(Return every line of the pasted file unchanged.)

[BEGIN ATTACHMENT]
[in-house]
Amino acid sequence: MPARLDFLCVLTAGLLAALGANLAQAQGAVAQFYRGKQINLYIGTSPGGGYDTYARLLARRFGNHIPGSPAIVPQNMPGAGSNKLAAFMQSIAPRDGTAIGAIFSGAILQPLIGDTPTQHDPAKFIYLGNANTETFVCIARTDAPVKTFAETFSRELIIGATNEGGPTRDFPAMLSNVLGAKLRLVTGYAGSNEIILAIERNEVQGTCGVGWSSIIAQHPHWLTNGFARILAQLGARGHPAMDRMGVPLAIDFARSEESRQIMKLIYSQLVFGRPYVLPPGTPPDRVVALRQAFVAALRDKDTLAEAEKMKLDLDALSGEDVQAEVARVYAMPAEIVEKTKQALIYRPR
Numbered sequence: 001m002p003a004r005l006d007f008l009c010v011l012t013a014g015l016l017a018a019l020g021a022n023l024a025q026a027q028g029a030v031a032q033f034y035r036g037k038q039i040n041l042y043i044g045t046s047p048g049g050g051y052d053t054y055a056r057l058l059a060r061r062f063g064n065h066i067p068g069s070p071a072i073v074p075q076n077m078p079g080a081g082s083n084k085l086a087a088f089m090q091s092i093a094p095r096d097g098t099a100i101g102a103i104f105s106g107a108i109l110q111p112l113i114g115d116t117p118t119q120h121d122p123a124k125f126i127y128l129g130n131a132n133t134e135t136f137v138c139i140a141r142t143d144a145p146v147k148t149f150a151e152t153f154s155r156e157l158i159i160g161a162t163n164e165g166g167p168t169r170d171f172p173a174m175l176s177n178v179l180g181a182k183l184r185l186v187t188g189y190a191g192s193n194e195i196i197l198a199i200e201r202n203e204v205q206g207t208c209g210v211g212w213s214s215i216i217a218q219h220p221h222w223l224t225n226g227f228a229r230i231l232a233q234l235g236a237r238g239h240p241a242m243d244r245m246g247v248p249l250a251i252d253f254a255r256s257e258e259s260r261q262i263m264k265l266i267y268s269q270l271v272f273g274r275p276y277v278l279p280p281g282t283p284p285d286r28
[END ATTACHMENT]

[in-house]
Amino acid sequence: MPARLDFLCVLTAGLLAALGANLAQAQGAVAQFYRGKQINLYIGTSPGGGYDTYARLLARRFGNHIPGSPAIVPQNMPGAGSNKLAAFMQSIAPRDGTAIGAIFSGAILQPLIGDTPTQHDPAKFIYLGNANTETFVCIARTDAPVKTFAETFSRELIIGATNEGGPTRDFPAMLSNVLGAKLRLVTGYAGSNEIILAIERNEVQGTCGVGWSSIIAQHPHWLTNGFARILAQLGARGHPAMDRMGVPLAIDFARSEESRQIMKLIYSQLVFGRPYVLPPGTPPDRVVALRQAFVAALRDKDTLAEAEKMKLDLDALSGEDVQAEVARVYAMPAEIVEKTKQALIYRPR
Numbered sequence: 001m002p003a004r005l006d007f008l009c010v011l012t013a014g015l016l017a018a019l020g021a022n023l024a025q026a027q028g029a030v031a032q033f034y035r036g037k038q039i040n041l042y043i044g045t046s047p048g049g050g051y052d053t054y055a056r057l058l059a060r061r062f063g064n065h066i067p068g069s070p071a072i073v074p075q076n077m078p079g080a081g082s083n084k085l086a087a088f089m090q091s092i093a094p095r096d097g098t099a100i101g102a103i104f105s106g107a108i109l110q111p112l113i114g115d116t117p118t119q120h121d122p123a124k125f126i127y128l129g130n131a132n133t134e135t136f137v138c139i140a141r142t143d144a145p146v147k148t149f150a151e152t153f154s155r156e157l158i159i160g161a162t163n164e165g166g167p168t169r170d171f172p173a174m175l176s177n178v179l180g181a182k183l184r185l186v187t188g189y190a191g192s193n194e195i196i197l198a199i200e201r202n203e204v205q206g207t208c209g210v211g212w213s214s215i216i217a218q219h220p221h222w223l224t225n226g227f228a229r230i231l232a233q234l235g236a237r238g239h240p241a242m243d244r245m246g247v248p249l250a251i252d253f254a255r256s257e258e259s260r261q262i263m264k265l266i267y268s269q270l271v272f273g274r275p276y277v278l279p280p281g282t283p284p285d286r28